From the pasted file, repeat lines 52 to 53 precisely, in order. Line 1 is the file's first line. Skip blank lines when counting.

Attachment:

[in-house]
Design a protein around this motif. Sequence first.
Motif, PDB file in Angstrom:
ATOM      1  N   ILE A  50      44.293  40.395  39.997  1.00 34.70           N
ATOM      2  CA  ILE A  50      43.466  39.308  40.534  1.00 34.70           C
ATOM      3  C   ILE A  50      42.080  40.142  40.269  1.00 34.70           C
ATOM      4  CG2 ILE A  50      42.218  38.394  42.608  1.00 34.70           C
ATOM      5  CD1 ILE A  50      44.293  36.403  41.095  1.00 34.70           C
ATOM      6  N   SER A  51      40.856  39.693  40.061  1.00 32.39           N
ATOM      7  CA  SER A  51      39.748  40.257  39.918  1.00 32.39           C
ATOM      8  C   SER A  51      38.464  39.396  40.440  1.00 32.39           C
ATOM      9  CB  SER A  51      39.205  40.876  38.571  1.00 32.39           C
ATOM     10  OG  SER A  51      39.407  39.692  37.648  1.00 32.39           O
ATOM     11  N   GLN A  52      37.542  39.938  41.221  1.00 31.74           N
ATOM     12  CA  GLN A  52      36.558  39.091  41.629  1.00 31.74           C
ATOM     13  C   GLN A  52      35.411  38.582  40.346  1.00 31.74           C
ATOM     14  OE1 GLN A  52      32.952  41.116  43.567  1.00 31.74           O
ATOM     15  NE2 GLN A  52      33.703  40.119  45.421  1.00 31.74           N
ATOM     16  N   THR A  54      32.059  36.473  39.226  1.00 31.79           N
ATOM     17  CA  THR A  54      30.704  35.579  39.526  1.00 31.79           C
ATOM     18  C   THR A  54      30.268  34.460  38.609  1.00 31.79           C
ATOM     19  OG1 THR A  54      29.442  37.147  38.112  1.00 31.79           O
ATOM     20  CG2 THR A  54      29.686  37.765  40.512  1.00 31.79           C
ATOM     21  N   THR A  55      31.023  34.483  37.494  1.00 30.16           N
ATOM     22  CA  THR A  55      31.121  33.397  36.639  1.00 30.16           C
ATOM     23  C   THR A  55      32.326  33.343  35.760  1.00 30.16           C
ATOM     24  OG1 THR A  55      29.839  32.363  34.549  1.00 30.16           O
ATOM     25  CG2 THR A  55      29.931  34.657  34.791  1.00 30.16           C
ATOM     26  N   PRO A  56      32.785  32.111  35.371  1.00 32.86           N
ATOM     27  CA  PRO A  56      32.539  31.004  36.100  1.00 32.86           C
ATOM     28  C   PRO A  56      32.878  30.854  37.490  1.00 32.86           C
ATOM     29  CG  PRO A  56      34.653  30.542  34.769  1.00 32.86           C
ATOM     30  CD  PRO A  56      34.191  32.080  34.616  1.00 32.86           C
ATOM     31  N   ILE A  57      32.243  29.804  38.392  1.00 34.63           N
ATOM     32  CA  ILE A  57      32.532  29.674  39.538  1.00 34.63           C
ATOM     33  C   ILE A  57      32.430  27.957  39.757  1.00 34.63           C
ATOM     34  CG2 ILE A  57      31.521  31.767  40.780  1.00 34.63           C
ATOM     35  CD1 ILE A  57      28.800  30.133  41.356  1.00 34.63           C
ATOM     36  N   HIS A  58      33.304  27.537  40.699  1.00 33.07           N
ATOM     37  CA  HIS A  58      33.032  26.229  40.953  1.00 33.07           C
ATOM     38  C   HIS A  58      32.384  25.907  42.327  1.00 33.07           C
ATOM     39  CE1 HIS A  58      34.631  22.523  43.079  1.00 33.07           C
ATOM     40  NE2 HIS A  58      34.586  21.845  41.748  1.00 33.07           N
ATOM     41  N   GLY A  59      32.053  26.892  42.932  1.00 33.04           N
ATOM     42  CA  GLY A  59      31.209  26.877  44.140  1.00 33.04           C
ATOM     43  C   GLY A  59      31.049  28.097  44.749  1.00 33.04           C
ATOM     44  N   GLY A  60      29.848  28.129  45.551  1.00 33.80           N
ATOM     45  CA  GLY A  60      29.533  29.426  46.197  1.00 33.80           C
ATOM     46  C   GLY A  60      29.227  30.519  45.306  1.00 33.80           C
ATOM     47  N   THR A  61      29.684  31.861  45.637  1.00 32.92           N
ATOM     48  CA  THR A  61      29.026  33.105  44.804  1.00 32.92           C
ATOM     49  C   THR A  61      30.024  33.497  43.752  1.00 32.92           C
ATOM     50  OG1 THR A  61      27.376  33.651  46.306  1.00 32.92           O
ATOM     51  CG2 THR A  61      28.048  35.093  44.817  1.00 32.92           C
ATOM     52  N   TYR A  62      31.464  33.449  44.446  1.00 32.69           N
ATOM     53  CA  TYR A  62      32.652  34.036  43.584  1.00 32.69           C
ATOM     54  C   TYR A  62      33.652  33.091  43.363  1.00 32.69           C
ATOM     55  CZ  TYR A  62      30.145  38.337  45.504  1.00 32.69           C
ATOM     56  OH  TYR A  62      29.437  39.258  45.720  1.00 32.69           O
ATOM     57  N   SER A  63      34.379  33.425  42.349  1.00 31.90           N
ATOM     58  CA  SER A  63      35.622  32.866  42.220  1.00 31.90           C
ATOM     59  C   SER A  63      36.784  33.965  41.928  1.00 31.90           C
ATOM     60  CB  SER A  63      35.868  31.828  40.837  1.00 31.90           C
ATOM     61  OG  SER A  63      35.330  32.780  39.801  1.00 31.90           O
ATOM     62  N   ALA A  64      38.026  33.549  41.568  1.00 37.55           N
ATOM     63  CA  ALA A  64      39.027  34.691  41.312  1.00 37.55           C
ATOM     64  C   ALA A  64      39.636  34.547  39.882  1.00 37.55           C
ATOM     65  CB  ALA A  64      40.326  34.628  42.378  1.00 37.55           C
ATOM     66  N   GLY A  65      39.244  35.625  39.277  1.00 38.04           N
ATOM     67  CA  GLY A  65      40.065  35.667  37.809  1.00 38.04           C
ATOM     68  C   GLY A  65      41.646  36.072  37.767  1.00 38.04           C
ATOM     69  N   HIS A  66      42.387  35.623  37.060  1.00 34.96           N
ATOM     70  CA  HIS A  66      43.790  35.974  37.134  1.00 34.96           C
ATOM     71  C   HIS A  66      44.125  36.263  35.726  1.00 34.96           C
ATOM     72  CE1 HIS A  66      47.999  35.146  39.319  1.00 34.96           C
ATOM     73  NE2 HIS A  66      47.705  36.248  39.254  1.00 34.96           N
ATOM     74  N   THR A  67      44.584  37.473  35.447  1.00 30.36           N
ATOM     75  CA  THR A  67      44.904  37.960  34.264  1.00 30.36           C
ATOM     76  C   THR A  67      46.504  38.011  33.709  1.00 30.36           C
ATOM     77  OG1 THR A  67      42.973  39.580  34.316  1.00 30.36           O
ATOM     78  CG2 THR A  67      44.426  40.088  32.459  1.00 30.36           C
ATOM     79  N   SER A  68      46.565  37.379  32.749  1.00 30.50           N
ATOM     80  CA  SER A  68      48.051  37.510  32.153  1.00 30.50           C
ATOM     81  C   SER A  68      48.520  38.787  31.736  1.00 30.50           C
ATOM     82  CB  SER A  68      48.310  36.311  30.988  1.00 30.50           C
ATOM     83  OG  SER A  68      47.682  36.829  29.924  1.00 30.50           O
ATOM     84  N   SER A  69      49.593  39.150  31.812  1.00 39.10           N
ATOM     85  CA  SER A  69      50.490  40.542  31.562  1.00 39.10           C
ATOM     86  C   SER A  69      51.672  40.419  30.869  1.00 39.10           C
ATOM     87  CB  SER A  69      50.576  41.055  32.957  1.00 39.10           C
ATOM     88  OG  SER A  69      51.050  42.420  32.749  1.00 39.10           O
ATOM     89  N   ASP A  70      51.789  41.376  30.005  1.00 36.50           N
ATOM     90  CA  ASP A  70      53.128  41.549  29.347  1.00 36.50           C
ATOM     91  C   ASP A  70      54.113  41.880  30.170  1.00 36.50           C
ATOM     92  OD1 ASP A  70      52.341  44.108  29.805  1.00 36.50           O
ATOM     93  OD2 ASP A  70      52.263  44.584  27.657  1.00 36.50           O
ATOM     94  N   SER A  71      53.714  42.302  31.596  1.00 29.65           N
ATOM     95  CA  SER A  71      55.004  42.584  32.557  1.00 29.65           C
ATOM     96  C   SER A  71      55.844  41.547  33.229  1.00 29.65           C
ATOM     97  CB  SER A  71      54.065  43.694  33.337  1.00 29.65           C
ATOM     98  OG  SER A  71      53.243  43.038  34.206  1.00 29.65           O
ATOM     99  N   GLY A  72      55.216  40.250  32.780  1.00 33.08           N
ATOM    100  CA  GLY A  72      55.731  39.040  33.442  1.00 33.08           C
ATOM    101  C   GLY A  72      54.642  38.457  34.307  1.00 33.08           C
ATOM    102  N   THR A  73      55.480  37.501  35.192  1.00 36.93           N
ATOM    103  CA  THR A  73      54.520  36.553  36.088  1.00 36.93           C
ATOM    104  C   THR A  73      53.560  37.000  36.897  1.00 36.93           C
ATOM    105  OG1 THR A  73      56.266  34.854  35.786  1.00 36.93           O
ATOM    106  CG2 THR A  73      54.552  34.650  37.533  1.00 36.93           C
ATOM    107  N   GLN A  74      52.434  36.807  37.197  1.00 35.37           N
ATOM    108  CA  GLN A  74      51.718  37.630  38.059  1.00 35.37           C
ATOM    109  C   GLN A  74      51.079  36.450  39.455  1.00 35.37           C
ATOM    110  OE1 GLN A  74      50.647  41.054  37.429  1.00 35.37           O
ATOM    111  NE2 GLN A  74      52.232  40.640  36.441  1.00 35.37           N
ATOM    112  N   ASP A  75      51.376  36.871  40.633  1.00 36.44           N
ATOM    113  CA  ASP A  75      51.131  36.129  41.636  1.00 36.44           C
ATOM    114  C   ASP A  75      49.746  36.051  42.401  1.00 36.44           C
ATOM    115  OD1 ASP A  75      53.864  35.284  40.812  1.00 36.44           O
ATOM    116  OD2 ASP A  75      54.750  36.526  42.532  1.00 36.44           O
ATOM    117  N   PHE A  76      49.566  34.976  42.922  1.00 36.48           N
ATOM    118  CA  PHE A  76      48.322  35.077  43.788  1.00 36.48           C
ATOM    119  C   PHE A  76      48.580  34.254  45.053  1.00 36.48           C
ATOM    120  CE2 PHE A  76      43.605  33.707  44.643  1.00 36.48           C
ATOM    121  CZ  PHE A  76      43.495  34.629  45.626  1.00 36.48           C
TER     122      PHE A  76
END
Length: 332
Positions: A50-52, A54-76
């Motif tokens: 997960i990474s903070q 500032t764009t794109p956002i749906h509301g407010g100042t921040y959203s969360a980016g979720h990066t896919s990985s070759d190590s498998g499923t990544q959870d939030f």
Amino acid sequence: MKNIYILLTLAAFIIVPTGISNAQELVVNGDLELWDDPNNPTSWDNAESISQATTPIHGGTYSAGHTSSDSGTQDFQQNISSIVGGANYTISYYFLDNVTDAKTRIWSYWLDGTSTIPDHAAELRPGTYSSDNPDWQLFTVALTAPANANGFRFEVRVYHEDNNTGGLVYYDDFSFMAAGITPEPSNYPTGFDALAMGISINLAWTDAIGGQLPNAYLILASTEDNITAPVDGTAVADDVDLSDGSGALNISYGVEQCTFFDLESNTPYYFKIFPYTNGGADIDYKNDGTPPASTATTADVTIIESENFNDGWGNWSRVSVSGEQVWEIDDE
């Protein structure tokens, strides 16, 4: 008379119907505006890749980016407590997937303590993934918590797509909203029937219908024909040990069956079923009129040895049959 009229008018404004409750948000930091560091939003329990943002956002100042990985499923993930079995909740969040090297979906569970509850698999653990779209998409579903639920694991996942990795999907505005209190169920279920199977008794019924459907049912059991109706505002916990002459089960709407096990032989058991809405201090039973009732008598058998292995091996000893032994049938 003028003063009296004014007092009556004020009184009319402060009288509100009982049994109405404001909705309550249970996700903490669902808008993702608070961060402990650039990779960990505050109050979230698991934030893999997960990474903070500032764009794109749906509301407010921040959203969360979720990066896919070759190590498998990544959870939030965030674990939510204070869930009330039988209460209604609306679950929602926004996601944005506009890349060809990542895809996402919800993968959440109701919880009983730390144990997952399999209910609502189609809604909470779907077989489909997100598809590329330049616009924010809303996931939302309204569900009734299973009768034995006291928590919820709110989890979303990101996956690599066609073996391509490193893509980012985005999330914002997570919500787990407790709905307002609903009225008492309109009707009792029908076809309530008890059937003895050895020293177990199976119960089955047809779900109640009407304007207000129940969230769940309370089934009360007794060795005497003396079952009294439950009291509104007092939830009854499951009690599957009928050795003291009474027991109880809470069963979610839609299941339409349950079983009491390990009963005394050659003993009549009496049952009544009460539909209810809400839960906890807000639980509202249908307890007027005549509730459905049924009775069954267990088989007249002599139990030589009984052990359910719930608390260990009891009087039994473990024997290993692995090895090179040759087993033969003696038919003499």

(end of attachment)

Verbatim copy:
ATOM     49  C   THR A  61      30.024  33.497  43.752  1.00 32.92           C
ATOM     50  OG1 THR A  61      27.376  33.651  46.306  1.00 32.92           O